From the 2.0 version, the edges are now oval and not rough. The board itself is very firm and can not be broken easily and certainly not accidentally. My personal opinion is that their latest version is very well-made. I like the openness of the product. At the same time, everything is visible, but not easy to break or mess up with accidentally if you’re a newbie. The PCB and other components are protected with a glue.
The USB stick does not require drivers to work, it’s plug and play. The device was recognized instantly.
The first step is to plug the Bitcoin stick into your PC (Or Mac).
Once the device is inserted, the second step is to open the index.htm file inside the Open dime folder.
Next, when the index.htm file is opened in the browser you will be asked to agree to the terms of service. The pop-up warning is displayed in several languages.
Light status Explanation Green with brief flicker Sealed. Your funds are secure. Red and green alternating UNSEALED. Private key has been revealed Green solid, brief flash of red Not yet loaded with enough entropy (setup time). Green flashing (fast) Reading/writing to drive.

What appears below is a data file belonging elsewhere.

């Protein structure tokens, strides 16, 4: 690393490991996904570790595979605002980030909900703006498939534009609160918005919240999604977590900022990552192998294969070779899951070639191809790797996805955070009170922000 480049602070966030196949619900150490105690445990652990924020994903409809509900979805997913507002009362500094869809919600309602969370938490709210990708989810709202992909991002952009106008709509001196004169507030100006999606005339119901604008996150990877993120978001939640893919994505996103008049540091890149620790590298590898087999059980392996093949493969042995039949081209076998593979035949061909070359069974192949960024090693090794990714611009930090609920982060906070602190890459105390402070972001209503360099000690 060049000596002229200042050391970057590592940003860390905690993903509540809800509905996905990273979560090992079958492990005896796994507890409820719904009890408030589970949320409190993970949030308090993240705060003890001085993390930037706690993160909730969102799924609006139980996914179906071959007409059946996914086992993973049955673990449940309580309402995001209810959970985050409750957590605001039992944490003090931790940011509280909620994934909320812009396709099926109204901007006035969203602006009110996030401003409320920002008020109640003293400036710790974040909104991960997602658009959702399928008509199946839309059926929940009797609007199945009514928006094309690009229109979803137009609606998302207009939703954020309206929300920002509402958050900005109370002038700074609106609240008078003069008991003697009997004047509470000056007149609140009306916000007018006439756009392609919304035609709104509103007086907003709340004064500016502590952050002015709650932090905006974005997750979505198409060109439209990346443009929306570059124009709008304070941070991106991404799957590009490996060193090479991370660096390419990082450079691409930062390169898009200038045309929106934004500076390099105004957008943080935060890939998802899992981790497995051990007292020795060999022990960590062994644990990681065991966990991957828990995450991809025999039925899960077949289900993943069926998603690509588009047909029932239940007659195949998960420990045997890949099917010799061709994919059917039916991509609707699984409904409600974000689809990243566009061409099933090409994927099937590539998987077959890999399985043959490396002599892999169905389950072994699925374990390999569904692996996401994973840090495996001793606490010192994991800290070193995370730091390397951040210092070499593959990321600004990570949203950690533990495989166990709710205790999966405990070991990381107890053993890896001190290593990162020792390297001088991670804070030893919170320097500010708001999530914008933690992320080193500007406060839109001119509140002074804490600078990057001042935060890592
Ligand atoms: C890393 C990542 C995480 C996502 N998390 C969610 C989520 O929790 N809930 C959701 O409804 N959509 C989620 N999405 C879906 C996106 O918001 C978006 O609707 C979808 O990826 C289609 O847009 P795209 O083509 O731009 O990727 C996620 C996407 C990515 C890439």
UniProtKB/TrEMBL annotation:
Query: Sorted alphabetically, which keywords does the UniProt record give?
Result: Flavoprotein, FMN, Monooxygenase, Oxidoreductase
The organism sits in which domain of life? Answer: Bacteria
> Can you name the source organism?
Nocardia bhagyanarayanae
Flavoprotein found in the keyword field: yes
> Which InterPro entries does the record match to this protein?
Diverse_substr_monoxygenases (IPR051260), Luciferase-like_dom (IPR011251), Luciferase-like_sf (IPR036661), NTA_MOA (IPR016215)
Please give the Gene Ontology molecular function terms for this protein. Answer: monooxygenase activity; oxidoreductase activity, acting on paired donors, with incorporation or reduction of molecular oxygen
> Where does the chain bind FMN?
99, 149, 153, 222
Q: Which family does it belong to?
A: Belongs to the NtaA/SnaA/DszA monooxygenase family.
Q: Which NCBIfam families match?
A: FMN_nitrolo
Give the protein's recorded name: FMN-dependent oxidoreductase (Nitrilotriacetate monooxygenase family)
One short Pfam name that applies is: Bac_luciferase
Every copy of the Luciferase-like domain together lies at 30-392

The next step is to create the private key.
Generating the private key
After the device is plugged into your PC’s USB port, you will have to generate a private key in order to load the funds into your Opendime. This process is very user-friendly and easy. Bear in mind that during this process Open dime does not have a control over the private key, nor do you. The private key will be randomly generated onto a device microchip using random entropy you add to the device memory. It does not require an internet access to do so.
Firstly, the FAQ advice that for better randomness, you use images only you have. The instructions say that you’d have to add at least of 256kb of data. However, they do not state anywhere that the total file size should not be larger than the USB device memory which is around 1.29 MB.
In my first attempt, prior to knowing the maximum size, I tried to add around 5MB of data and got an error. Seeing that, I’ve selected only two images and copied them onto > Open Dime and device generated a completely random private key. Once the public key is ready, there will be a few noticeable changes to the device.